SEARCH

SEARCH BY CITATION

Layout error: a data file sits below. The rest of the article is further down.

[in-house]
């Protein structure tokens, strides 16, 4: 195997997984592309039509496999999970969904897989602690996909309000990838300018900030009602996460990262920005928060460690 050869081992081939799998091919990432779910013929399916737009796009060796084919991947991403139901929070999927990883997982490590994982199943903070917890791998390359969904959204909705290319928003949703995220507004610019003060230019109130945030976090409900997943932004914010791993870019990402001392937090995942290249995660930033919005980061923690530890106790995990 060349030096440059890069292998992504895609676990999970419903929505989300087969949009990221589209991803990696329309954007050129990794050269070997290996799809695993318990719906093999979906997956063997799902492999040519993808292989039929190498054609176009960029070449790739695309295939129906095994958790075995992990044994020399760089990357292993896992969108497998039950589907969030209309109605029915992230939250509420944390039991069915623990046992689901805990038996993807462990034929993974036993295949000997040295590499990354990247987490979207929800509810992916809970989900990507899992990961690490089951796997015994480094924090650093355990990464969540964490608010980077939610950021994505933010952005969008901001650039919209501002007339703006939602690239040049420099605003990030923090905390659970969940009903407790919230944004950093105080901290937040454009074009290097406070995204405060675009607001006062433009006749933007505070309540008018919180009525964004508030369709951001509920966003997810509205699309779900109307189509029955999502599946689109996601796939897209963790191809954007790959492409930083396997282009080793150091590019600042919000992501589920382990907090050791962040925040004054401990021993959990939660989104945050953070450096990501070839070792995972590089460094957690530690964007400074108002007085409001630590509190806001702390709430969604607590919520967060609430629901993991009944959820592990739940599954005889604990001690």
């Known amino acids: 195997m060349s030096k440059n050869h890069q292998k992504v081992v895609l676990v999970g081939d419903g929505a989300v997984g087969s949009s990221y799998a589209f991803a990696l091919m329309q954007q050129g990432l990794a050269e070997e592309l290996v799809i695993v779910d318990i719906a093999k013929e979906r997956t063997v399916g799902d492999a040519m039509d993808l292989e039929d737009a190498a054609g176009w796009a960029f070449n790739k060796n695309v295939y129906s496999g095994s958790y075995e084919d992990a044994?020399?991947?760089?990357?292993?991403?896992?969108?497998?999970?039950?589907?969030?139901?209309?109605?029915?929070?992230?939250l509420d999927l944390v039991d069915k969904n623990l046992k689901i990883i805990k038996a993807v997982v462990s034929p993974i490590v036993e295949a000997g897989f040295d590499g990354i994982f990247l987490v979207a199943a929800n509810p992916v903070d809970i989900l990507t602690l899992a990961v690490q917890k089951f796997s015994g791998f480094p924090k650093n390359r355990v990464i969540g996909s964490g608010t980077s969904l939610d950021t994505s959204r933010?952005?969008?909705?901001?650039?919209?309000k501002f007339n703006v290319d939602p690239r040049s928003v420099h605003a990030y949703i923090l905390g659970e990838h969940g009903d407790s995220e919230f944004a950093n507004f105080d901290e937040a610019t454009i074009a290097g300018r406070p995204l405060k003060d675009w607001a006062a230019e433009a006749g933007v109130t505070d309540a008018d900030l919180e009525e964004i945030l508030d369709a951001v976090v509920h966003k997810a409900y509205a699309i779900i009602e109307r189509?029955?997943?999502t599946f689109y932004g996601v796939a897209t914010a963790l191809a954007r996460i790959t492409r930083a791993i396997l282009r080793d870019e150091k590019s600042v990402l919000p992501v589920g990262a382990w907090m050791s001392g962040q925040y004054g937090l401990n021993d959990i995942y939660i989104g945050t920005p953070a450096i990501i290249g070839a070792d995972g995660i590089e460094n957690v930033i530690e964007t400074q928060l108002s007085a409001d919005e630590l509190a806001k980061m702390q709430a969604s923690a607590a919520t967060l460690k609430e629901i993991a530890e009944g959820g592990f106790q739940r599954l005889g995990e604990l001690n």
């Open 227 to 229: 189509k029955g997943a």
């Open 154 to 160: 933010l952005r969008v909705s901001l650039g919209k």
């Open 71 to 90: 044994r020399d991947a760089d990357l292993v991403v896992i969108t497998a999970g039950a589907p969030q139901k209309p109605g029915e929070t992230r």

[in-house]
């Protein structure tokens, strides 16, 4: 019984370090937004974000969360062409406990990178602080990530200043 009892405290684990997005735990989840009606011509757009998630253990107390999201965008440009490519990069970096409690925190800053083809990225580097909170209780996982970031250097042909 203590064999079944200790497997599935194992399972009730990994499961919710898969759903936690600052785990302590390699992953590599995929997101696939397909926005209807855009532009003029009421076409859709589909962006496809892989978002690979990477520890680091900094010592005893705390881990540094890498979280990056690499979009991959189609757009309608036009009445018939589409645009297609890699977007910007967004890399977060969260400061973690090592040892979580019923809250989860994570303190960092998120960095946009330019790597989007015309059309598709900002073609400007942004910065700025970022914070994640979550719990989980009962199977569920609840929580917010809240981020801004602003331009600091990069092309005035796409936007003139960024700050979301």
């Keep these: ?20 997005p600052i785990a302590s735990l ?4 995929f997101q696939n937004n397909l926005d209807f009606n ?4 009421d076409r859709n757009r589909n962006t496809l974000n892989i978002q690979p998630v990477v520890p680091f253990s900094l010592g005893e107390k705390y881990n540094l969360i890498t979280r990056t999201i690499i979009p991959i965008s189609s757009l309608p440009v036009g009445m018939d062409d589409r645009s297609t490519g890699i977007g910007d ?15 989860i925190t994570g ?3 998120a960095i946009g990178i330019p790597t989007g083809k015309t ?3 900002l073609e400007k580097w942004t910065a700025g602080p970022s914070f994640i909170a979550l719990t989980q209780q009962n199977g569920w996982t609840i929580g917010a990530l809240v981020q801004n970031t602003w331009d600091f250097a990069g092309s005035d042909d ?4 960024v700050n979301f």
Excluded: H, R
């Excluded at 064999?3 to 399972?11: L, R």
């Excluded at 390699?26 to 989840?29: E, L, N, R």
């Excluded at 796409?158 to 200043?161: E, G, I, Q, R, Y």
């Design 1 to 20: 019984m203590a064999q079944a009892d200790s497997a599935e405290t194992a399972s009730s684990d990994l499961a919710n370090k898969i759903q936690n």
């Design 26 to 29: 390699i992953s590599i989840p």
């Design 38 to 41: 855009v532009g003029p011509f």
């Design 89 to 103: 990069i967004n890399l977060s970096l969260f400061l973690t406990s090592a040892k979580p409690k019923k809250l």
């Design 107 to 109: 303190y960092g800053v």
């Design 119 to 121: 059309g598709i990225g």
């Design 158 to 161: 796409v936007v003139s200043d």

It is now widely accepted that expansion of continental glaciers is one manifestation of profound paleoenvironmental change in latest Miocene time. The oxygen isotopic record in deep-sea cores is inferred to document brief pulses in glaciation, based on covariance of δ18O in benthic and planktonic foraminifera, which probably lowered latest Miocene sea level by a minimum of 60 m. Additional evidence of glacial activity in the oxygen isotope record is obscured by the small signal amplitude. Before further details of paleoenvironmental change can be investigated it is essential to have a high-resolution stratigraphy and chronology. This has not been achieved previously because most studies of the latest Miocene have had a sampling interval greater than the duration of events they seek to resolve. A high-resolution stable isotope record from the north Atlantic (Deep Sea Drilling Project (DSDP) 552) is correlated with a second record from the southwest Pacific (DSDP 588). Each core has magnetostratigraphy, but there are two possible interpretations of magnetic results in the Atlantic core. By assuming that brief events of 18O enrichment and 13C depletion in each core are synchronous it is possible to assign the most likely age model to the Atlantic core. Results of this exercise indicate that two δ18O maxima occurred at 4.8 and 5.2 Ma. If these events reflect continental glaciation, and if sea level was lowered enough to contribute to isolation and desiccation of the Mediterranean, then the Miocene/Pliocene boundary must be close to 4.8 Ma in age because Messinian deposits are latest Miocene in age. This interpretation is consistent with biostratigraphy at DSDP 552; magnetostratigraphy, biostratigraphy, and isotope stratigraphy at a site commonly referred to because of its proximity to the Mediterranean (DSDP 397, northwest African continental margin); and recent work on land in the Mediterranean region.